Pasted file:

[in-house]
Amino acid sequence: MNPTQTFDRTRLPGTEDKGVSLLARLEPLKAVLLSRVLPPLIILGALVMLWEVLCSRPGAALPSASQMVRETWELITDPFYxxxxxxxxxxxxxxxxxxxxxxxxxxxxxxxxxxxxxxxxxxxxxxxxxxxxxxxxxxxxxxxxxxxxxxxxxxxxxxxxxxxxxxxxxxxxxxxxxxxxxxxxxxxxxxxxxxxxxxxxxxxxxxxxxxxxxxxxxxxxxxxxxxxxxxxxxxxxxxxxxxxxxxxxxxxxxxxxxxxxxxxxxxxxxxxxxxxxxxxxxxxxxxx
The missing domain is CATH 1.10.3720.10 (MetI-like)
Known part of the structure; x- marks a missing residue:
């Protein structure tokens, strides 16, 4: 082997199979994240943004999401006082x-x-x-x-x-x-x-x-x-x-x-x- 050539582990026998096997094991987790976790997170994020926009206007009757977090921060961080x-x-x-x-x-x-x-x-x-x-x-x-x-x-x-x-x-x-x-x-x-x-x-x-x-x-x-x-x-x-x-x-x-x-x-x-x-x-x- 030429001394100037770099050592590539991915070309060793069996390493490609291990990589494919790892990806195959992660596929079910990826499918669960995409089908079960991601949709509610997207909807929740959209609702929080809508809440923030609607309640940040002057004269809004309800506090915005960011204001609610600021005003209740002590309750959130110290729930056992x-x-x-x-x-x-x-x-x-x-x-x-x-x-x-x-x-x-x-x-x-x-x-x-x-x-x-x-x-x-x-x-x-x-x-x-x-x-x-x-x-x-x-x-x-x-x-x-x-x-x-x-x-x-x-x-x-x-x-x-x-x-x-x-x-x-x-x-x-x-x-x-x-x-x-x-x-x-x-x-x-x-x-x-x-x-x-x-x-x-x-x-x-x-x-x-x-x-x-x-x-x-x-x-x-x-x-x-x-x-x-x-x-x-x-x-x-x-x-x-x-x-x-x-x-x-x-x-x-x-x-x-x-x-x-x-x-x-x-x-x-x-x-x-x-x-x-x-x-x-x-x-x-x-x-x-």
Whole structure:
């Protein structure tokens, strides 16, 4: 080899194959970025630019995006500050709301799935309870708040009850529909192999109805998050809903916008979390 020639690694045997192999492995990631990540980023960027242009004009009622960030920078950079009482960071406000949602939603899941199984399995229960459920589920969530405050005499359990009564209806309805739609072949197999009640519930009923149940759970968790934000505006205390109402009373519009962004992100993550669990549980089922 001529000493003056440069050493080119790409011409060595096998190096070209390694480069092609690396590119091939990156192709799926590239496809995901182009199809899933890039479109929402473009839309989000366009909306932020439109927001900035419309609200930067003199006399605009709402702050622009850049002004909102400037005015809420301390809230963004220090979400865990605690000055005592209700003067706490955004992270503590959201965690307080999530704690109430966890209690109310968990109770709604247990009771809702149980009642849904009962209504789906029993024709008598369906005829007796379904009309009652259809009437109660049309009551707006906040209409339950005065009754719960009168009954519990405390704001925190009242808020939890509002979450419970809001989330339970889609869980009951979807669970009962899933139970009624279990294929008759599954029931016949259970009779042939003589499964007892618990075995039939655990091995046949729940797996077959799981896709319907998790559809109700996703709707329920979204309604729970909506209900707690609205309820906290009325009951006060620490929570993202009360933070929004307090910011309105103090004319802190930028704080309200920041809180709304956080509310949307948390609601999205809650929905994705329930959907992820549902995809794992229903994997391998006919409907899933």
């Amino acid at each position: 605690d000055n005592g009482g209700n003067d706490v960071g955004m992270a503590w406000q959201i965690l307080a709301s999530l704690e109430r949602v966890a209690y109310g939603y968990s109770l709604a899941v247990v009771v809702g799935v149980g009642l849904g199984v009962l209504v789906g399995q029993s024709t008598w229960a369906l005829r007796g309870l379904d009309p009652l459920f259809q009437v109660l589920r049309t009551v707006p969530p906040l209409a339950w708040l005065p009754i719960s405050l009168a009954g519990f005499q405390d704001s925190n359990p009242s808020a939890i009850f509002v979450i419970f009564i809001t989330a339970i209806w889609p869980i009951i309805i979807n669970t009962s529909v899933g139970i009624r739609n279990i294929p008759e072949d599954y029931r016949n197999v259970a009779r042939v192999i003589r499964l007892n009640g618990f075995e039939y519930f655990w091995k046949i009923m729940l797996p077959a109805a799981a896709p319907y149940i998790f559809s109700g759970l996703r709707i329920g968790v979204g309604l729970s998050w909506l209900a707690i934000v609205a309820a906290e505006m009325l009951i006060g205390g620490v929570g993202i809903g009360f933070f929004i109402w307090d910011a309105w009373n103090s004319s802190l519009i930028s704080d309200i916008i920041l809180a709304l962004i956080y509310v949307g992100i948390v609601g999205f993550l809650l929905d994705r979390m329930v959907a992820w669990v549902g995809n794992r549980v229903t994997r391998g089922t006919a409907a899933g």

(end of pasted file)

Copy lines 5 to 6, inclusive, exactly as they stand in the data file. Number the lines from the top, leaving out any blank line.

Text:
């Protein structure tokens, strides 16, 4: 082997199979994240943004999401006082x-x-x-x-x-x-x-x-x-x-x-x- 050539582990026998096997094991987790976790997170994020926009206007009757977090921060961080x-x-x-x-x-x-x-x-x-x-x-x-x-x-x-x-x-x-x-x-x-x-x-x-x-x-x-x-x-x-x-x-x-x-x-x-x-x-x- 030429001394100037770099050592590539991915070309060793069996390493490609291990990589494919790892990806195959992660596929079910990826499918669960995409089908079960991601949709509610997207909807929740959209609702929080809508809440923030609607309640940040002057004269809004309800506090915005960011204001609610600021005003209740002590309750959130110290729930056992x-x-x-x-x-x-x-x-x-x-x-x-x-x-x-x-x-x-x-x-x-x-x-x-x-x-x-x-x-x-x-x-x-x-x-x-x-x-x-x-x-x-x-x-x-x-x-x-x-x-x-x-x-x-x-x-x-x-x-x-x-x-x-x-x-x-x-x-x-x-x-x-x-x-x-x-x-x-x-x-x-x-x-x-x-x-x-x-x-x-x-x-x-x-x-x-x-x-x-x-x-x-x-x-x-x-x-x-x-x-x-x-x-x-x-x-x-x-x-x-x-x-x-x-x-x-x-x-x-x-x-x-x-x-x-x-x-x-x-x-x-x-x-x-x-x-x-x-x-x-x-x-x-x-x-x-």
Whole structure: